"Despite the PBOC's preference for targeted easing, through rediscounts, relending and PSL, we have argued that broad-based interest rate cuts would be a better policy," Jian Chang, China economist at Barcalys Capital, said in a research note.
Pledged Supplementary Lending (PSL) is a new policy tool that the PBOC has been reportedly experimenting with to help guide medium-term interest rates, even as it injects more cash into money markets to keep liquidity conditions ample.
"Liquidity tools have apparently seen their effect very much neutralised, so the PBOC may shift to pricing tools," said a senior trader at a major Chinese state-owned bank in Shanghai.
The central bank could also opt to cut lending rates to encourage more corporate borrowing, while keeping deposit rates steady to ensure savers did not withdraw their funds, which would leave banks with less money to lend, the trader said.
The central bank has already reduced reserve requirements for some lenders to channel more credit towards small firms, which are vital for growth and job creation, and some economists say it should extend the move to all banks nationwide.
Changes in the so-called RRR do not need cabinet approval.
The government, for its part, has quickened fiscal spending on railway expansions and public housing, and banks have to lend to such projects.
Still, while anecdotal evidence suggests the price of money has risen for many borrowers, central bank data argue otherwise. They showe the weighted average lending rate fell 22 basis points in the second quarter to 6.96 percent.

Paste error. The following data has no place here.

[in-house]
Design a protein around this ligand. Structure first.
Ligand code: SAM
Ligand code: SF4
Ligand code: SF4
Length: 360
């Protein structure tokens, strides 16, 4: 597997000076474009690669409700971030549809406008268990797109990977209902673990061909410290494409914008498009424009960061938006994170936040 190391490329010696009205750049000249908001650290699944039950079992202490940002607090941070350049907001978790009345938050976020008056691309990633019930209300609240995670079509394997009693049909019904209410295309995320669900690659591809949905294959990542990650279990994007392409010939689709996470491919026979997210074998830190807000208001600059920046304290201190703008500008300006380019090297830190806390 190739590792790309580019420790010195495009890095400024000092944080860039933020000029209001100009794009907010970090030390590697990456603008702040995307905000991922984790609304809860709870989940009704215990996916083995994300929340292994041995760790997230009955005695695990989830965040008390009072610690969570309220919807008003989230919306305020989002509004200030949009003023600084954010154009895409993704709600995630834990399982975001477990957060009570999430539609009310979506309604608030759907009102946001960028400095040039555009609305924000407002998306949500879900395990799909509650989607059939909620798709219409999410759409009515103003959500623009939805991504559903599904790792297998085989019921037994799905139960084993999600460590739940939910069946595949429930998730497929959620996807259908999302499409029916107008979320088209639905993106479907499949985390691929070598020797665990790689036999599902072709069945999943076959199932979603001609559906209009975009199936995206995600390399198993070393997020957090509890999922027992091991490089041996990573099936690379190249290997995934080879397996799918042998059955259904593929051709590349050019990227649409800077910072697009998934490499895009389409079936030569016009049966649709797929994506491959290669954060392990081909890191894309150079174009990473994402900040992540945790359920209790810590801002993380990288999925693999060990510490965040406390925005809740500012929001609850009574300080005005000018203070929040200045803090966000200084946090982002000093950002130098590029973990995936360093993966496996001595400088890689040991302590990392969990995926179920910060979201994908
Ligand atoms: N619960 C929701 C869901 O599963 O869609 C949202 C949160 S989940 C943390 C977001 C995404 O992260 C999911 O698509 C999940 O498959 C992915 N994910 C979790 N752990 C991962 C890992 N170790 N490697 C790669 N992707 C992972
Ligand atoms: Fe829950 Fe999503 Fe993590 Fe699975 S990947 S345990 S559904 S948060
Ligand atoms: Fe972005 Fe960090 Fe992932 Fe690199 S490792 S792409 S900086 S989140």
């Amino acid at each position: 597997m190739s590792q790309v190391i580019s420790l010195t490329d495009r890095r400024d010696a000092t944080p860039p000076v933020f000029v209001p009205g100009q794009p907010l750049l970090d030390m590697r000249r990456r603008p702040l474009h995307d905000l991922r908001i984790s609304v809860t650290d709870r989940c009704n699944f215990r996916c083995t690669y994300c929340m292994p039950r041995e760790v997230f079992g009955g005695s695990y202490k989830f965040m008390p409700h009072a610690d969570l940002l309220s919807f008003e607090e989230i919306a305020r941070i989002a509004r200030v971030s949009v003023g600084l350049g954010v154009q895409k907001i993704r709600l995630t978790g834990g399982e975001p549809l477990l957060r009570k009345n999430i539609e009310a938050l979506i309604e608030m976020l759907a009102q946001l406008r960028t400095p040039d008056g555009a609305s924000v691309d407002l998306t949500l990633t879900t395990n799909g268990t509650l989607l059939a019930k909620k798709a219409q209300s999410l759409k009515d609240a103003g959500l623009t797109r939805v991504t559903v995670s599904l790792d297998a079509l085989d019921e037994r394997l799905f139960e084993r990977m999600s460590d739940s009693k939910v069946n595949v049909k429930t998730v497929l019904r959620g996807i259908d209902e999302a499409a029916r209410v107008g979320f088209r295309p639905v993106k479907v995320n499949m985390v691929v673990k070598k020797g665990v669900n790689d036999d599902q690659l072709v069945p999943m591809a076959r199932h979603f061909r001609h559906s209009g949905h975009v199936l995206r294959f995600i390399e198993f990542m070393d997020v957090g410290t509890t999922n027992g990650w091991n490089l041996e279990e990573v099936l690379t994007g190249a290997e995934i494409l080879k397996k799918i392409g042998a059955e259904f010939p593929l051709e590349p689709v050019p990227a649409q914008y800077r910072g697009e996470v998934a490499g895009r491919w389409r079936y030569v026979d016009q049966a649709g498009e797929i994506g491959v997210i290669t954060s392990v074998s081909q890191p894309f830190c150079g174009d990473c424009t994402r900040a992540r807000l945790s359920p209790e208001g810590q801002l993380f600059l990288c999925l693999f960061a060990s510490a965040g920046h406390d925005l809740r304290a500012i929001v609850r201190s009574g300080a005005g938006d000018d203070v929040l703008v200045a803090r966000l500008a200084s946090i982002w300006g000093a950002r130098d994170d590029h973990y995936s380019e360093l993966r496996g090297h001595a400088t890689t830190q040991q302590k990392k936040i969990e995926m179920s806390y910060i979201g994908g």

China has freed up bank lending rates, but lenders still refer to benchmark rate when they charge clients. The one-year benchmark lending rate stands at 6 percent.
The PBOC last cut interest and deposits rates in 2012.
To be sure, inflation pressures in China remain benign, in part due to considerable slack in the economy, giving both the government and the central bank plenty of latitude to ease policy further if conditions sharply deteriorate.
But policymakers vividly remember the unwanted side-effects of a massive stimulus programme during the 2008/09 global financial crisis, which left local governments saddled with mountains of debt and ignited years of property speculation.
The real root cause of China's high funding costs is related to structural distortions, which could blunt the impact of any rate cuts, analysts say.
China's state-owned enterprises (SOEs) and local governments have sucked up the bulk of bank loans regardless of the level of borrowing costs, and banks are more willing to lend to SOEs as they believe they are implicitly guaranteed by the central or local governments from defaulting.
The fact that SOEs take up most funding resources crowds out the needs of private owned companies. Some state firms even re-lend their loans to small firms at higher interest rates.
"Monetary policy will be effective to bring the funding cost down should high funding costs are the result of mismatch between supply and demand," Tommy Xie, an economist at OCBC Bank in Singapore, wrote in a research note.
"Unfortunately, China is facing more complicated issues as its high funding costs could be partly attributed to structural problems, which may not be addressed by monetary policy."
Additional reporting by Lu Jianxin in Shanghai; Editing by Kim Coghill